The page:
I saw the following photo of a Honeywell Aviation Services Boeing 757-225:

Honeywell Aviation Services Boeing 757-225

If it's not a fake, the airplane has a propeller mounted on a pylon on one side.

What's the purpose of such strange design? Why does it need a propeller engine, if it already has two jet engines? Or is it a permanently deployed RAT?

  • 27
    The plane doesn't need the propeller engine, the propeller engine needs the plane to bring it into the appropriate test conditions. – DeltaLima Sep 11 at 15:32
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    The livery should be a bit of a hint here. Honeywell is a major manufacturer of avionics and also engines and components. – Jan Hudec Sep 11 at 17:17
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    @JanHudec never mind the company name, the fact that it says “Flight Test” was the clue. – Notts90 Sep 12 at 14:49
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    Now that would be a really big RAT... – reirab Sep 12 at 20:18
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    That is one cluttered livery. It shows off Honeywell Wi-Fi, wheels and brakes, Wi-Fi, a new avionics suite, Wi-Fi, their APU, and did I mention Wi-Fi? – user71659 Sep 13 at 17:10
up vote 91 down vote accepted

From the description below the image you linked:

The Honeywell, Boeing 757 test bed appeared on static display for a few days before departing half way through the event.

A testbed aircraft is an aircraft used for flight research or testing new equipment such as engines.

You can see other photos without engine or with a jet engine instead of a propeller one.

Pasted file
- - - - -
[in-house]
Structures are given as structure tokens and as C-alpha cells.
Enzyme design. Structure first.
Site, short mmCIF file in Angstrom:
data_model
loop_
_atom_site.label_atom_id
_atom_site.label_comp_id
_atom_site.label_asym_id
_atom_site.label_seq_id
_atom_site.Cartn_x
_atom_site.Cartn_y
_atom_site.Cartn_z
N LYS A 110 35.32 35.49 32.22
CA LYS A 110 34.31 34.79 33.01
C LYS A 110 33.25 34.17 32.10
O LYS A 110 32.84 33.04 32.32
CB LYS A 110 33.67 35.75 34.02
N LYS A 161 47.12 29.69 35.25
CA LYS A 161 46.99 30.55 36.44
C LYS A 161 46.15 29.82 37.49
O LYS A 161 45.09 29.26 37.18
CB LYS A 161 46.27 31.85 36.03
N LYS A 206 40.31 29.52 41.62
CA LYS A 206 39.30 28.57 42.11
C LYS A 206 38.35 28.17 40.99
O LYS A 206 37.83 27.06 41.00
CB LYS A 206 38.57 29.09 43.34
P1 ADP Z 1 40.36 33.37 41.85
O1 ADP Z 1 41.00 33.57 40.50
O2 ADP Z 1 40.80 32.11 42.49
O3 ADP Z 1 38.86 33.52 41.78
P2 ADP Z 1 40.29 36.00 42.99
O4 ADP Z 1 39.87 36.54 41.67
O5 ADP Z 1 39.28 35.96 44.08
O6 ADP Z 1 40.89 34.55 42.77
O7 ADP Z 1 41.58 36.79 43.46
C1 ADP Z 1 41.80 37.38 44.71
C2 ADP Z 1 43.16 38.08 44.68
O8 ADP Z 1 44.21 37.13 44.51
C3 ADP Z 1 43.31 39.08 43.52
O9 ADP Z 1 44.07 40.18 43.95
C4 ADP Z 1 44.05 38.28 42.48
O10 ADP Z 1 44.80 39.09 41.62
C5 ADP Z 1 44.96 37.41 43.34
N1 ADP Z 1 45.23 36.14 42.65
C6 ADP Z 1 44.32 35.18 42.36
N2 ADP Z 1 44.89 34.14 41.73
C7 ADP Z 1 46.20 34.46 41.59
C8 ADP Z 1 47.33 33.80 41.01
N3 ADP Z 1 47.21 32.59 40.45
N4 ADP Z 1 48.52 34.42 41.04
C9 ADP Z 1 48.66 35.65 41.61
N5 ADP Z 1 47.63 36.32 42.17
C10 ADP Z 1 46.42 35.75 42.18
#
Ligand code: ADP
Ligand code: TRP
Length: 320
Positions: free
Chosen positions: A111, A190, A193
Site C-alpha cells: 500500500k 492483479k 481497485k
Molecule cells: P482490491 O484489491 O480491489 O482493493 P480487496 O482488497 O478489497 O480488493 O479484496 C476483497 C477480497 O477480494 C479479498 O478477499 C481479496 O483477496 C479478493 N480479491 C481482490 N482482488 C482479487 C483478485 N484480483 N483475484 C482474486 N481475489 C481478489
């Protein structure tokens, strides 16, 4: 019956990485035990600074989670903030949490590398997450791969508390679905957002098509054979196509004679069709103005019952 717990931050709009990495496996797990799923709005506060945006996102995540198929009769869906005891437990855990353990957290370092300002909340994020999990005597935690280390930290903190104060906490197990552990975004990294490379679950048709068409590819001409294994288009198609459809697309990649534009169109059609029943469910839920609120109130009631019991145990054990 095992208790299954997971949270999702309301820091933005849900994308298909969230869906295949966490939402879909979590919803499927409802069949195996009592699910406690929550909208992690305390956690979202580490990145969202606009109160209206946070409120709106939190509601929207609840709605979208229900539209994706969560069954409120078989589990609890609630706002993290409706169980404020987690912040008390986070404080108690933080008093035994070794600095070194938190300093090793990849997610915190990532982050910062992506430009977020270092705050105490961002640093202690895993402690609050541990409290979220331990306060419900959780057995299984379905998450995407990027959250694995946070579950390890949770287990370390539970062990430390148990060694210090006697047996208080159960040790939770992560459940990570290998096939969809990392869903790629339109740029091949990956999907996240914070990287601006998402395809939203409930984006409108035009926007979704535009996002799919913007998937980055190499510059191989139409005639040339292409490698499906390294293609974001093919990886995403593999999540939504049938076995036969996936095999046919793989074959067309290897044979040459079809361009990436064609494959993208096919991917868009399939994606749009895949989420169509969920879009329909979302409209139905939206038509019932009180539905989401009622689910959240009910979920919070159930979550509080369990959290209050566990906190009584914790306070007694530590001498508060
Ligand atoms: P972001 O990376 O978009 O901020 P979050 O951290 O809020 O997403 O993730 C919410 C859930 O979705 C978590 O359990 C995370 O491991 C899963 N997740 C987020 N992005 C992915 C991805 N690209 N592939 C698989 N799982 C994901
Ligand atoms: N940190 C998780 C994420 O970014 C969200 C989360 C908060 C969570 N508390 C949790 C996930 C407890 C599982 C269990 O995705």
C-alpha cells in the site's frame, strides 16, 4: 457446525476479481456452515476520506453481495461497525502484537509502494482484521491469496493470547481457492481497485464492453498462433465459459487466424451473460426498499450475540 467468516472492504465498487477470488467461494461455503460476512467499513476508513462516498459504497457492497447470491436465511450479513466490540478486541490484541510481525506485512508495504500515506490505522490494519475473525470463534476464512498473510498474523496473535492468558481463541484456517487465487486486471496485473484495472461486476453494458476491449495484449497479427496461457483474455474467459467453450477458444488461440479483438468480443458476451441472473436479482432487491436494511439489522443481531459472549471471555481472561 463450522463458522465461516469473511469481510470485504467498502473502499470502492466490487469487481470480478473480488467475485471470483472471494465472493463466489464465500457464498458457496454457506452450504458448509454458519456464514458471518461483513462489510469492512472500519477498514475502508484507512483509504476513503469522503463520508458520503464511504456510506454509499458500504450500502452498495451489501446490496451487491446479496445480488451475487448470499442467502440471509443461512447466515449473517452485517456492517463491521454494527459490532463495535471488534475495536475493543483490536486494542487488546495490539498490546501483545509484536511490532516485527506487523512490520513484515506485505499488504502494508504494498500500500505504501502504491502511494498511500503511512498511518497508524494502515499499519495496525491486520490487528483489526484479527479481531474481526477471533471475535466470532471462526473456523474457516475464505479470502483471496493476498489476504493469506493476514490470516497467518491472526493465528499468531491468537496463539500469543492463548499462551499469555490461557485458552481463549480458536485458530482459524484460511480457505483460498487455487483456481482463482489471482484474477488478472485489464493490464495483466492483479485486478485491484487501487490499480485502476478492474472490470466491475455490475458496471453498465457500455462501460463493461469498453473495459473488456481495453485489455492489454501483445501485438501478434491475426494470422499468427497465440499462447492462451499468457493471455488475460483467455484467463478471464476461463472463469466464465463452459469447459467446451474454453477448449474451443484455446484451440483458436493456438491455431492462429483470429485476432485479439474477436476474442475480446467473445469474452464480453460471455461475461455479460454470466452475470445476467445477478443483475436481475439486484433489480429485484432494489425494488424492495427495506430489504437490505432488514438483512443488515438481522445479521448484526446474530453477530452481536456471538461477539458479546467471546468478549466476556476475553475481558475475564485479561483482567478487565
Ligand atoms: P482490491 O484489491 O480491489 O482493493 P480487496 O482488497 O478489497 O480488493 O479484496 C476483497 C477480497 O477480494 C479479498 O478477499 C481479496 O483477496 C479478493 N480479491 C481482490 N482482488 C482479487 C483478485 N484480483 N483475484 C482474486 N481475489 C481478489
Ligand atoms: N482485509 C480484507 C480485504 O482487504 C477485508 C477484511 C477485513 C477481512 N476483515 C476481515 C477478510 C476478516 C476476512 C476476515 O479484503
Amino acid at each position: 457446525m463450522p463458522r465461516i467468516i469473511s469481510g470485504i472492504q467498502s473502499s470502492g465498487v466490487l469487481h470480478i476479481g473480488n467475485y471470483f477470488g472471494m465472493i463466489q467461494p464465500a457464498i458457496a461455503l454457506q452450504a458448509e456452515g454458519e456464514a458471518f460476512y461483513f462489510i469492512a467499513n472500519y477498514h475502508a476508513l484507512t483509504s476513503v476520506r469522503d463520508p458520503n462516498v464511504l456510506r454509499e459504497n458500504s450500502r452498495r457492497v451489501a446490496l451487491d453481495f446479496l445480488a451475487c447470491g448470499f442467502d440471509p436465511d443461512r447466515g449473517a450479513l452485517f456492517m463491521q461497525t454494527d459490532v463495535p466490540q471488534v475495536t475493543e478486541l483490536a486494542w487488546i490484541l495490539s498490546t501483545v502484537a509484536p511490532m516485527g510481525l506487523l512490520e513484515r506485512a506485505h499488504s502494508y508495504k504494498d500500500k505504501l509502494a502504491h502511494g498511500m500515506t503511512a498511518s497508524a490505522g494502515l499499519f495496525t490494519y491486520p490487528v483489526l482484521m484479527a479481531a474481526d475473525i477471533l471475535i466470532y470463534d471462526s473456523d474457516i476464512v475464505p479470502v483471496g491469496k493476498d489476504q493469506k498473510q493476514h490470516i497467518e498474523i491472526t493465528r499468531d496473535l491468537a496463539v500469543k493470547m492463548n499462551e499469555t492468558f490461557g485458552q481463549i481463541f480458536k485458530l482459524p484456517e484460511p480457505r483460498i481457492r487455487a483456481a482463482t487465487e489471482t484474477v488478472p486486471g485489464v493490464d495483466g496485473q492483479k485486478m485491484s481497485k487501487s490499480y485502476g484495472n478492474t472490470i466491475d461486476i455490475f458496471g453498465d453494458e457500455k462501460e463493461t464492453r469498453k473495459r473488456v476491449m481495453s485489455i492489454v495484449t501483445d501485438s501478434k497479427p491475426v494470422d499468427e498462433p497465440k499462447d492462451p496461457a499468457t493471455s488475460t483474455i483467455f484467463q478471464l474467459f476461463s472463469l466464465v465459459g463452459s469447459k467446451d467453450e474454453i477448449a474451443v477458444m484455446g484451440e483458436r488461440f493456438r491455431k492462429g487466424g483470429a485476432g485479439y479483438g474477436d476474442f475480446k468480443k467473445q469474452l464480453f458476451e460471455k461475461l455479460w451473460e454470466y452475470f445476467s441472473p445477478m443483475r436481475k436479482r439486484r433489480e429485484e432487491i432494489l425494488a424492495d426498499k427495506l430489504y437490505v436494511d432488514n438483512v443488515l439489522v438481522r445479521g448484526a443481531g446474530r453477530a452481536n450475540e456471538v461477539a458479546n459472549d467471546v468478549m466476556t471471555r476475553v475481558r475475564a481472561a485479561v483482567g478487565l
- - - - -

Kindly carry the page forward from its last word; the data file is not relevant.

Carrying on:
The engine is not needed to fly, but is being tested, and apparently that position has been deemed a good solution to the problem "where do we attach an extra engine we need to do tests on?".

The airplane doesn't "need" that engine.

It is a test platform for testing the engine during flight.

Obviously, you don't want to rely on the engine you're testing, in case something goes wrong! So the plane flies with 2 large turbofan engines, while the engineers are testing the smaller engine mounted up front.

If you look closely, you can even see the airplane is labeled "Flight Test".

Testing a new engine design can only go so far on the ground. At some point, it has to be tested in conditions representative of actual use - in other words, in flight. You don't want to be dependent on an untested engine to get you airborne and back on the ground safely. The solution to this problem is to mount the test article on an aircraft that is entirely airworthy regardless of the operational state of the engine under test. That way the test engine can be put through its paces without compromising the safety of the test crew.

  • I guess this is the reason why the test bed is fairly massive B757, a smaller airplane would be in much bigger trouble in case the tested engine misbehaves, like goes in reverse. – Tero Lahtinen Sep 13 at 11:42

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